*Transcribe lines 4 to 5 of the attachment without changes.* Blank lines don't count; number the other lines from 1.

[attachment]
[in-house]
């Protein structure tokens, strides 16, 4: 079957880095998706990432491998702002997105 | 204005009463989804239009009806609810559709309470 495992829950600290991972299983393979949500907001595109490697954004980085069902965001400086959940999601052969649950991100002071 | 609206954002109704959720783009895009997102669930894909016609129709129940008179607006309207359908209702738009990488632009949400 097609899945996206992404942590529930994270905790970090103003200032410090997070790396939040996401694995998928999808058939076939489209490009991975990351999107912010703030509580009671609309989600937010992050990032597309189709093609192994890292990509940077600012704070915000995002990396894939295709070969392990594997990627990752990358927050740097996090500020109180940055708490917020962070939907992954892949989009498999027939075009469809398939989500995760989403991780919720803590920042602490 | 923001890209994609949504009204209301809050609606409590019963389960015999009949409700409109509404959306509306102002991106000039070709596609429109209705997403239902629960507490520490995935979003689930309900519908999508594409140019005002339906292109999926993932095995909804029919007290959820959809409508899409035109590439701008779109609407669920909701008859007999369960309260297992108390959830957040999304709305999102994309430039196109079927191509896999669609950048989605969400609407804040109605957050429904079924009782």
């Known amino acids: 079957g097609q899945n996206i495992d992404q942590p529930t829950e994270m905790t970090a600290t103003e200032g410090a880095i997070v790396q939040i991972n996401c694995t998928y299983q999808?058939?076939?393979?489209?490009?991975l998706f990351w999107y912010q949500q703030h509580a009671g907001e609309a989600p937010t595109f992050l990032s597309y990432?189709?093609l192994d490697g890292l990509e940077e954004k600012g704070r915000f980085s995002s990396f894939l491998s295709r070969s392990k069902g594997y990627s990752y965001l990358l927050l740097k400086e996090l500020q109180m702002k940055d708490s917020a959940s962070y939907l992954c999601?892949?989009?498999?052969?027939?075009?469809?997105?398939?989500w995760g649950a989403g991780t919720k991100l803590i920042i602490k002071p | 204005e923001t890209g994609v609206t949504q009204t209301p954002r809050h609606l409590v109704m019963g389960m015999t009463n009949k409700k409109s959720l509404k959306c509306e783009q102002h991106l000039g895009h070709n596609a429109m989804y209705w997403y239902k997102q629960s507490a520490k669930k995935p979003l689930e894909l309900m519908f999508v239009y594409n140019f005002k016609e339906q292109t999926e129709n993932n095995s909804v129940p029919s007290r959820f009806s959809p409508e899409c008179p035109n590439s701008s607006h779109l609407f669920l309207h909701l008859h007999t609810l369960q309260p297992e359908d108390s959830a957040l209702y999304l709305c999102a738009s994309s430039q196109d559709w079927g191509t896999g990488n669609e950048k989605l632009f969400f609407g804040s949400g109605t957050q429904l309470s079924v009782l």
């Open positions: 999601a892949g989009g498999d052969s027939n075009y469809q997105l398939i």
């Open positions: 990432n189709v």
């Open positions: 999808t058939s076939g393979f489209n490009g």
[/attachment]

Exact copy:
């Open positions: 999601a892949g989009g498999d052969s027939n075009y469809q997105l398939i």
């Open positions: 990432n189709v």